Category Archives: Nebraska / Midwest News

Hormel Foods to Be Powered by Nearly 50% Renewable Energy

By Emily Holbrook, Energy Manager Today

Hormel Foods recently announced a virtual power
purchase agreement (VPPA) for wind energy. Through this and other initiatives, the company will be supplied by almost 50% renewable wind power. In addition, the
project will result in a reduction of approximately 197,000 metric tons of greenhouse gas emissions.

The new wind farm will be located near Milligan,
Nebraska. Construction is expected to be completed in 2020. The farm will be capable of generating 74 MW of power and an estimated 349,000 MWh of electricity each year. Read more here.

Recommended Reading
Virtual Power Purchase Agreement: Introduction to the Virtual Power Purchase Agreement, Rocky Mountain Institute

Nebraska Also In The News Here:

  • NPPD/city relationship remains a strong one,by Melanie Wilkinson, York News-Times
    Looking to the future, NPPD is considering a solar power generation facility for York, as the organization continues to look at renewable energy options.
  • Supersized solar in the Midwest, by Christian Roselund, PV Magazine
    Long seen as a slow region for solar deployment, the U.S. Midwest has seen an explosion of project development in recent years. And while there is still a lot of speculation and uncertainty, one way or another this region is going to see major development.

NPPD will seek proposals on community solar

By Record Editor Kerri Rempp, Rapid City Journal  

Chadron qualifies for a 1.15 megawatt community solar project, and all Nebraska Public Power District customers within city limits would be eligible to purchase shares to have up to 100 percent of their electrical usage generated by solar power. The city would be required to purchase any unsold shares. Read more here.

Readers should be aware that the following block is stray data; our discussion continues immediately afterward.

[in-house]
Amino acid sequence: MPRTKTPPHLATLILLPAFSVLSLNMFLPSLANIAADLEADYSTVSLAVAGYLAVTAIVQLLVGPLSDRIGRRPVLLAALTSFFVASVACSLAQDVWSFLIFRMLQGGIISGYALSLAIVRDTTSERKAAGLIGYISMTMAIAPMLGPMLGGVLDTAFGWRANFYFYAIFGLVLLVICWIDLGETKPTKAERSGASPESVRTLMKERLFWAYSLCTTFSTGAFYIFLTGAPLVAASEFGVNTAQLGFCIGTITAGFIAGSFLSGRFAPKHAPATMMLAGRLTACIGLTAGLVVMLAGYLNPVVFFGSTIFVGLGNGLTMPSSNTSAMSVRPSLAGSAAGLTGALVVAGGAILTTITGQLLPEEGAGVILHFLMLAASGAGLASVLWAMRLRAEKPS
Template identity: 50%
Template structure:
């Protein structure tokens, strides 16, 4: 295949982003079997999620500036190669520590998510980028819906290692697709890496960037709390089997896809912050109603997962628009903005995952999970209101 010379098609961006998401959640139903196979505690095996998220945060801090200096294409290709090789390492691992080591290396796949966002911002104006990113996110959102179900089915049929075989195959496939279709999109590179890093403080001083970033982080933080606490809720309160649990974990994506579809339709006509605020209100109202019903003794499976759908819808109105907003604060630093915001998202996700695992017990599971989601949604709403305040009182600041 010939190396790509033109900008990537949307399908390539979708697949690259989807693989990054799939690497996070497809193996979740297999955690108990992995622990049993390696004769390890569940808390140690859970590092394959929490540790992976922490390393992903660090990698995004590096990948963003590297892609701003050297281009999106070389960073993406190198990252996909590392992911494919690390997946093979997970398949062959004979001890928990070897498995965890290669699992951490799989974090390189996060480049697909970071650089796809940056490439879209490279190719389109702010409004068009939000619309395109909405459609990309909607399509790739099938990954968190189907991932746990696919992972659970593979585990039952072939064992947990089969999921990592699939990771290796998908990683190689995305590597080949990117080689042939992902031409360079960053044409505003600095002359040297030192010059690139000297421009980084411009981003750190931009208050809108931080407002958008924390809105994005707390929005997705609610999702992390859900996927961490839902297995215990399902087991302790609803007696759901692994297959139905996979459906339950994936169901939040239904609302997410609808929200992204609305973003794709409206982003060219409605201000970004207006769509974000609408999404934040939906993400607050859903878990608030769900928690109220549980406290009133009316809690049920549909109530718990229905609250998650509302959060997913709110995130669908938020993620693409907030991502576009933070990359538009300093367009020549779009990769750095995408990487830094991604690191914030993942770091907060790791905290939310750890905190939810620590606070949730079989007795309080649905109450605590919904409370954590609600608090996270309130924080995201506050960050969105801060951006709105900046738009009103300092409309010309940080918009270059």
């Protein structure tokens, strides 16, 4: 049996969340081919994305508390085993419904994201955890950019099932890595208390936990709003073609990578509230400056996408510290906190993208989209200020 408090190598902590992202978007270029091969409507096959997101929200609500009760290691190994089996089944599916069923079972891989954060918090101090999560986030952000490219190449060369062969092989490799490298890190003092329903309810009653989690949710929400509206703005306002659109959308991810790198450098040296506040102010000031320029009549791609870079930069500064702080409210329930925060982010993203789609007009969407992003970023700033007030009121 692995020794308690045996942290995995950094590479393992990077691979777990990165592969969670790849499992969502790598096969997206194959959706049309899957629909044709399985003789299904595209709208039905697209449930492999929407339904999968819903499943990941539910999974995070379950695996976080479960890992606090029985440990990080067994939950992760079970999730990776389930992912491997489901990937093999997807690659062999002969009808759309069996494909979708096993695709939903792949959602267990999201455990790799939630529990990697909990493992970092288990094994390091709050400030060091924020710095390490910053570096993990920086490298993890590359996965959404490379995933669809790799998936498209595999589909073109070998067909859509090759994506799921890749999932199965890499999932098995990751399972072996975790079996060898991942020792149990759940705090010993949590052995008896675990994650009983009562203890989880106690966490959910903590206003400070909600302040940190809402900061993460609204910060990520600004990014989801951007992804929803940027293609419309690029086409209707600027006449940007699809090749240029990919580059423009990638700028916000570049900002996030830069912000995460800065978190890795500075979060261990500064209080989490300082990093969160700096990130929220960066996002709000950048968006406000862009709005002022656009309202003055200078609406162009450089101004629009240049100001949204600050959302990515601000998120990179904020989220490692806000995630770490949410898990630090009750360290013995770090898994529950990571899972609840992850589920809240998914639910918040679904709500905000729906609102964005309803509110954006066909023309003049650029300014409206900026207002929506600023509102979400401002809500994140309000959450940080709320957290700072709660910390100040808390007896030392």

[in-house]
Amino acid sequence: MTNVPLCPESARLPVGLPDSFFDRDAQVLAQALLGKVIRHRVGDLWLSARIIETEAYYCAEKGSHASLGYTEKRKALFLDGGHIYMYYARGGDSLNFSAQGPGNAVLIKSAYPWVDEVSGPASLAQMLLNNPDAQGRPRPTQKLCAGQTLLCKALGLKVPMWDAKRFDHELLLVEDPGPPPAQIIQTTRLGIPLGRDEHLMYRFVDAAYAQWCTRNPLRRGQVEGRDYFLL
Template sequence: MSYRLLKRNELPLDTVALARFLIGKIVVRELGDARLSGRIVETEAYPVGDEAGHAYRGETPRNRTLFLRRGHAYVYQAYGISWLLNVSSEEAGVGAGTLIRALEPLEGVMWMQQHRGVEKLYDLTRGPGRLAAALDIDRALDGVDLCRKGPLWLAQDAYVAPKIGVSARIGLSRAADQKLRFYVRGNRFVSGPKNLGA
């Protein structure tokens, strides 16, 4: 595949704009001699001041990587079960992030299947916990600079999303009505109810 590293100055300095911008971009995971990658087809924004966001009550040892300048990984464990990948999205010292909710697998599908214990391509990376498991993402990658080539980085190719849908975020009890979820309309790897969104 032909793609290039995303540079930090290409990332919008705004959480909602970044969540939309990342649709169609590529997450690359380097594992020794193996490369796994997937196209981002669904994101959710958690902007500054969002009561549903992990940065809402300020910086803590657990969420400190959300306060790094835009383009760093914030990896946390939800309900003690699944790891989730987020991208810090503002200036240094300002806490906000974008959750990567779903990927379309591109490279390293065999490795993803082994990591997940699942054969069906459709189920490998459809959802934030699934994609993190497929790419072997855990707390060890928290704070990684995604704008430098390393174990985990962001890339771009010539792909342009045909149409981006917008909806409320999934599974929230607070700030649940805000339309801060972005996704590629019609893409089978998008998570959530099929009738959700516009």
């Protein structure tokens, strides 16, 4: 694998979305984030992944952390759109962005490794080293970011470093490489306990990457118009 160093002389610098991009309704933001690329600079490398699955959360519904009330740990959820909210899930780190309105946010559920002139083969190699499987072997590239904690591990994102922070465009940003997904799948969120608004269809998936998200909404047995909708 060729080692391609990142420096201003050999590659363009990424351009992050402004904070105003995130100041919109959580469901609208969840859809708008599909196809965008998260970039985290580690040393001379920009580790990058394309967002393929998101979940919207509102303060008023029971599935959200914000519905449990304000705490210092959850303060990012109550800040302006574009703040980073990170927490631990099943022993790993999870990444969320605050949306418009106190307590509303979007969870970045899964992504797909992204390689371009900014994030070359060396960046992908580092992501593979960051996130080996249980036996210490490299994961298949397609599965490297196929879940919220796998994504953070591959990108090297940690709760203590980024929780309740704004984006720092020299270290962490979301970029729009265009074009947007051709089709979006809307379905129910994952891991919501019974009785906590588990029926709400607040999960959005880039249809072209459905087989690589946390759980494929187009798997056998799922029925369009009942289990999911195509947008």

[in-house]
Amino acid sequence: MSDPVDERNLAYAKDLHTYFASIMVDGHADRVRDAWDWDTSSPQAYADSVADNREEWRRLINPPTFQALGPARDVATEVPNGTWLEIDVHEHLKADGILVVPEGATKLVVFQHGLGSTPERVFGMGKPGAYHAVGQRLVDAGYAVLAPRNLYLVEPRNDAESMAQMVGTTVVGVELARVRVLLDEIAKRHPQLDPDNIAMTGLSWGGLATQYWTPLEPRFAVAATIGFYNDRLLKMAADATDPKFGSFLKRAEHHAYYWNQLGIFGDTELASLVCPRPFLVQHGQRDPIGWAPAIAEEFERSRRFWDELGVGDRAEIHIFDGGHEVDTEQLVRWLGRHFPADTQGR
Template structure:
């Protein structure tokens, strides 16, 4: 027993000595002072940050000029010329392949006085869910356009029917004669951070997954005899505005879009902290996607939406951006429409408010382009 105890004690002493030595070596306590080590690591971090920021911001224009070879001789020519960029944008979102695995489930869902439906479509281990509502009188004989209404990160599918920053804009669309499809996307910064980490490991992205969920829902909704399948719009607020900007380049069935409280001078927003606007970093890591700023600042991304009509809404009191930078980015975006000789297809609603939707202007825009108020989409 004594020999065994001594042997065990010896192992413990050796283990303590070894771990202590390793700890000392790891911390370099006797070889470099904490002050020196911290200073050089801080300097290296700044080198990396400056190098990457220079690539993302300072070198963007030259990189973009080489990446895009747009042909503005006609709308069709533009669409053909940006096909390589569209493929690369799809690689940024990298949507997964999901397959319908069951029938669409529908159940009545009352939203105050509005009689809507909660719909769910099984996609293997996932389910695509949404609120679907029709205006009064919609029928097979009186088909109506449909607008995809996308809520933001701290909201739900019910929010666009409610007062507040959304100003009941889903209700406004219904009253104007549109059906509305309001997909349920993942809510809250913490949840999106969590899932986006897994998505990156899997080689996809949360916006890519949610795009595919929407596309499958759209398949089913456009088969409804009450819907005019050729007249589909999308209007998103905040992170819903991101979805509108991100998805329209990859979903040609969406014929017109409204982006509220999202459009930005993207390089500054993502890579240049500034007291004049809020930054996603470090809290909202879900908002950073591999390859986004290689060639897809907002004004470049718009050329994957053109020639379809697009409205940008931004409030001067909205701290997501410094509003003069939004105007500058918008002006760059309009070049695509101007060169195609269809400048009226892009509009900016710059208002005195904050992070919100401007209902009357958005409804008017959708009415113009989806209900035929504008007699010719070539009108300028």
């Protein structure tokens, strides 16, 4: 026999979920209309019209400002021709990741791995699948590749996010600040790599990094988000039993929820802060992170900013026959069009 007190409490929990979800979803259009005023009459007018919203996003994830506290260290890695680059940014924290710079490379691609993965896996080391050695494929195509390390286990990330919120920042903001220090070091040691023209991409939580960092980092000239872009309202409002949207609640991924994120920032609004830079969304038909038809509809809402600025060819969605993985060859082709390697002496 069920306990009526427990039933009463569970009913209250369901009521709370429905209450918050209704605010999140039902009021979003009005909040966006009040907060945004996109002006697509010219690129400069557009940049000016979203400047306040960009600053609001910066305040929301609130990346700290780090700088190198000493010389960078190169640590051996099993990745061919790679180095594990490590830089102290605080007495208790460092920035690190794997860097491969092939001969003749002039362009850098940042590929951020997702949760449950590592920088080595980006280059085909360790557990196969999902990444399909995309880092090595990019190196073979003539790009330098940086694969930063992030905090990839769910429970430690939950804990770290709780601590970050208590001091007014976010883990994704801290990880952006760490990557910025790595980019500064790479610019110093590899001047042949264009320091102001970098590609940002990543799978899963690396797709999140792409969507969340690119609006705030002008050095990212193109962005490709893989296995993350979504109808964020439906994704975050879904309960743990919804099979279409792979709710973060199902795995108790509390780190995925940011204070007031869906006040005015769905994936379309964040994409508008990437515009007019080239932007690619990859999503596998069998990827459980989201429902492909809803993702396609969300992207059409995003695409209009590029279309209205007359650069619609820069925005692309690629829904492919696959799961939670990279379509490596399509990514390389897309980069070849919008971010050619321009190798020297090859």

Photo: First  Fremont Solar Farm, 1.55-megawatts. The city completed a second solar farm of the same size in September 2018 to accommodate strong customer demand.
Credit: Troy Schaben, Assistant City Administrator, Fremont Department of Utilities


NPPD’s SunWise Program

NPPD customers can request community solar for their town or city by submitting the SunWise Community Interest Form here,

Report: Nebraska led nation in wind energy growth

Matt Olberding, Lincoln Journal Star

There’s been a lot of debate over wind energy projects in Nebraska over the past year, but there’s no debate over the fact that the sector is growing rapidly in the state. In fact, according to a report released Tuesday, no other state saw more growth in wind power than
Nebraska . . . The AWEA said Nebraska wind energy capacity grew 39% last year compared with 2017. By contrast, the nation as a whole averaged 8% growth. Read more here.

“Wind Rainbow” – AWEA’s Free Use Wind Energy Image Gallery

Additional Recommended Reading

AWEA Annual Market Report: Top 11 wind power trends in 2018by John Hensley, Into the Wind, AWEA Blog

Today, AWEA released its U.S. Wind Industry Annual Market Report, Year Ending 2018. It’s a historic time for American Wind power—our industry has never been busier. Robust demand, record low costs, innovative turbine technology, and consumer preferences are propelling wind to new heights. Strong wind project construction, a maturing manufacturing sector, and the increasing need for wind turbine technicians and operators mean wind jobs grew 8 percent in 2018—a record 114,000 men and women now work in wind.

Nebraska Fact Sheet – AWEA

Nebraska is a national leader in wind resource potential. Nebraska is one of the top states in the country for potential wind energy generation, with a technical potential of approximately 465,000 megawatts (MW) according to NREL. Nebraska now has 1,972 MW of installed wind power and ranks 14th in the nation for installed capacity. Harnessing more of Nebraska’s wind potential could make the state a powerhouse for the wind industry while providing savings for electricity customers.

Wind Projects as of 4Q 2018

  • Installed wind capacity: 1,972 MW
    » State rank for installed wind capacity: 14th
  • Number of wind turbines: 974
    » State rank for number of wind turbines: 17th